03.04.19

Congresswoman Lee Reintroduces Legislation to Address Techequity

Washington, D.C. – Today, Congresswoman Barbara Lee reintroduced legislation to address persistent racial disparities in the tech sector, including the Computer Science for All bill to support a diverse tech pipeline in pre-k to grade 12 education, and a tech diversity resolution that calls for robust diversity and inclusion plans, strengthened partnerships with institutions of higher education serving students of color, and improve data collection on diversity in STEAM education and the technology sector.

“The 21st century economy is upon us, yet so many of our young people are unprepared for what that economy holds,” said Congresswoman Lee. “Our young people, especially girls and young people of color, need Congress to invest in them so that they have the computer skills they need for the jobs of the future. Congresswoman Lee continued, “Women and people of color have been shut out from the tech industry for far too long – so these bills are important first steps in making sure that there is a robust and diverse pipeline of talent, as well as an industry that is ready and willing to help tech employees of color thrive.

“American innovation is already falling behind. Since 1992, the U.S. has fallen from second to ninth among OECD countries, when examining research and development expenditures as a percentage of GDP. Today, less than a quarter of all high schools offer Advanced Placement computer science courses. It is clear that schools need more resources to ensure American students don’t fall behind their global counterparts.

“Further, more investment is needed to encourage girls and students of color to pursue STEAM and computer science careers. In 2018, only 28 percent of students taking either AP Computer Science exams were women, and just 21 percent were African American, or Latino. I am proud to lead my colleagues in addressing the lack of diversity in a growing sector that will eventually touch all aspects of our life.”

“There is a persistent lack of diversity in the tech industry, and it is an issue that requires our attention and focus,” said Congressman G. K. Butterfield. “If the United States is to remain competitive in the world of technological innovation, we must do everything in our power to prepare students from underrepresented groups for careers in STEAM fields. Congress must do its part to strengthen the pipeline and clear pathways to these careers. I commend Congresswoman Barbara Lee for her continued leadership to ensure full representation at every level of this growing industry, and I call on my colleagues on both sides of the aisle to join us.”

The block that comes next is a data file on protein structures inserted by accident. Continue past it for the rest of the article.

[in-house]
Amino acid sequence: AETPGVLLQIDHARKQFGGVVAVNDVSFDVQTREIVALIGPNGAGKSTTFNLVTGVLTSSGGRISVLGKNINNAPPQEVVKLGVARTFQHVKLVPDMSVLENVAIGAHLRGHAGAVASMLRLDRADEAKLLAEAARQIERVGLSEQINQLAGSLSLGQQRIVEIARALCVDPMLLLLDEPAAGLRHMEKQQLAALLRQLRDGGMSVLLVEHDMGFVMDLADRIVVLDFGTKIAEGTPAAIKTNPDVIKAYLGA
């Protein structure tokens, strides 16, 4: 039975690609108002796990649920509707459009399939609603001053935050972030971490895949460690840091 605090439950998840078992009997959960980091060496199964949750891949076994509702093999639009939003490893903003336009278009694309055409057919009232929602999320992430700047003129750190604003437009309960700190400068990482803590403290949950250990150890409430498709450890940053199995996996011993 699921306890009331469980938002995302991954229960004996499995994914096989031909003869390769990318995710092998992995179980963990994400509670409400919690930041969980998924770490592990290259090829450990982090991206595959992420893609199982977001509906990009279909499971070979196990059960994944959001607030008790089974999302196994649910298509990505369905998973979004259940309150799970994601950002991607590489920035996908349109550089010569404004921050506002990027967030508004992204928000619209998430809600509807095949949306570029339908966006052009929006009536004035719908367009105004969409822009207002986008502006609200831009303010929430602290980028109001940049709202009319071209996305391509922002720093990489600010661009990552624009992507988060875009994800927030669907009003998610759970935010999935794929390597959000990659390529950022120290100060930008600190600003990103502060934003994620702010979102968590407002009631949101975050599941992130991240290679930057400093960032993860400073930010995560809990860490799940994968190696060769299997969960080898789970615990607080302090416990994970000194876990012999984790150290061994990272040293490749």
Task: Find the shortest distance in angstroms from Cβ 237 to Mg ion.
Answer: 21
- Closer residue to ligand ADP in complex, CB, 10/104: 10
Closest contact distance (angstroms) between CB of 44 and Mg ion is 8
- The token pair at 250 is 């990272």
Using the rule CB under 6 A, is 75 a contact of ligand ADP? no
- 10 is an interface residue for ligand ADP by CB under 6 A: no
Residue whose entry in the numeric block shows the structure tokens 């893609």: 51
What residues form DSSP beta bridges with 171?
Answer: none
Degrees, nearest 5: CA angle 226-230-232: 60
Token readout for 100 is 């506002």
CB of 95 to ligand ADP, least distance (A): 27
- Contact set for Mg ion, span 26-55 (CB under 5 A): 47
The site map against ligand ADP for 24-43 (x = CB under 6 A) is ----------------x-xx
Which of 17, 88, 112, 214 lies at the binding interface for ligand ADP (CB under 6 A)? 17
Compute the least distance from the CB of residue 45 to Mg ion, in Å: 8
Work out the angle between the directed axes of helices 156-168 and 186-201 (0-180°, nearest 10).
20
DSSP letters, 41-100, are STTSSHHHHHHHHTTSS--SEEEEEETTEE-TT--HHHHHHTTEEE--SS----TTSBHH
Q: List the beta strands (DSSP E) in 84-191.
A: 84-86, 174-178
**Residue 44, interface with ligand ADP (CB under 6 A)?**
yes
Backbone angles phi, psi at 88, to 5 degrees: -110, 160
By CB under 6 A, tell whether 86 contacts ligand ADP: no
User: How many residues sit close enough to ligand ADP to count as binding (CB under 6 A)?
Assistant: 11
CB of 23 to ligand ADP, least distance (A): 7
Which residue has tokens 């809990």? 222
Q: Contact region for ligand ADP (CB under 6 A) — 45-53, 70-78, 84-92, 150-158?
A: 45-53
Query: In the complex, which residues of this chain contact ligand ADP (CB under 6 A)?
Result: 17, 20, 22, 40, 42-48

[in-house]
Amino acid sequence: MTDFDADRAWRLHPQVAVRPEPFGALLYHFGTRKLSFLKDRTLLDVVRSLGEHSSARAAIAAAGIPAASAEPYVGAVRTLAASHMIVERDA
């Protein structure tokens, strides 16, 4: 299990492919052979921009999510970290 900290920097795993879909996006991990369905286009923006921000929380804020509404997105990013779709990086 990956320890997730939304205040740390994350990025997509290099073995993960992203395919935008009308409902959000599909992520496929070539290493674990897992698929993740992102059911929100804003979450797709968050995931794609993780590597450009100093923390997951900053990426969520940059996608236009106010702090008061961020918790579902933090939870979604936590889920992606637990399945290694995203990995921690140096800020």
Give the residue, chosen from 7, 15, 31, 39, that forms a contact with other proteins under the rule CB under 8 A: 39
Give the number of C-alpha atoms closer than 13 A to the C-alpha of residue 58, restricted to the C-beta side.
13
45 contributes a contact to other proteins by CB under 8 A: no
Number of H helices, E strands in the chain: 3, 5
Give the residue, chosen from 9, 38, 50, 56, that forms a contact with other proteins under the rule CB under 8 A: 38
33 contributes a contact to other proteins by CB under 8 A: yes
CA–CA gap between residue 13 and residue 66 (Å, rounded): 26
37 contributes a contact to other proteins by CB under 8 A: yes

“We appreciate Representative Lee for working tirelessly throughout her career to make computer science education classes more accessible and for her commitment to empowering our students with the skills to help them prosper,” said TechNet President and CEO Linda Moore. “This legislation is a significant step forward to prepare our students for success in the digital economy, a goal that can unite both parties. The U.S. faces a significant and growing computer science skills gap that is leaving too many young Americans unable to secure the good-paying job opportunities available to them in this field. By 2020 there will be one million more computing jobs nationally than there will be graduates to fill them, resulting in a $500 billion opportunity gap. Through innovative approaches and public-private partnerships, the tech sector is helping bring computer science education to more students and communities across the country, but much more needs to be done.”

“More than half a million computer science jobs in the U.S. will go unfilled because there are not enough workers with the right skills,” said Information Technology Industry Council President and CEO Jason Oxman. “To narrow the skills gap and help our industry and economy grow, we must leverage the talent of all Americans. The Computer Science for All Act takes important steps to make sure young Americans from all backgrounds and experiences have the opportunity to learn the in-demand skills needed for the high-tech jobs of tomorrow. We thank Rep. Lee for her leadership on this critical issue and are committed to working with her and her Congressional colleagues, our industry partners, and communities across the country to build a more diverse and inclusive workforce.”

“Rep. Barbara Lee's legislation is a historic step toward solidifying America's commitment to funding computer science education from pre-K through senior year of high school,” said the Computer Science Education Coalition. “The Computer Science Education Coalition is thankful for Rep. Lee's leadership and vision in recognizing the importance of computer science education and her dedication to our nation's students in leading this effort. With computer science impacting our entire economy from agriculture to healthcare, coding to architecture, this legislation is a down payment on the workforce of tomorrow. We encourage members to cosponsor Rep. Lee's bill and show that putting our students first with first-class computer science education is bipartisan.”

###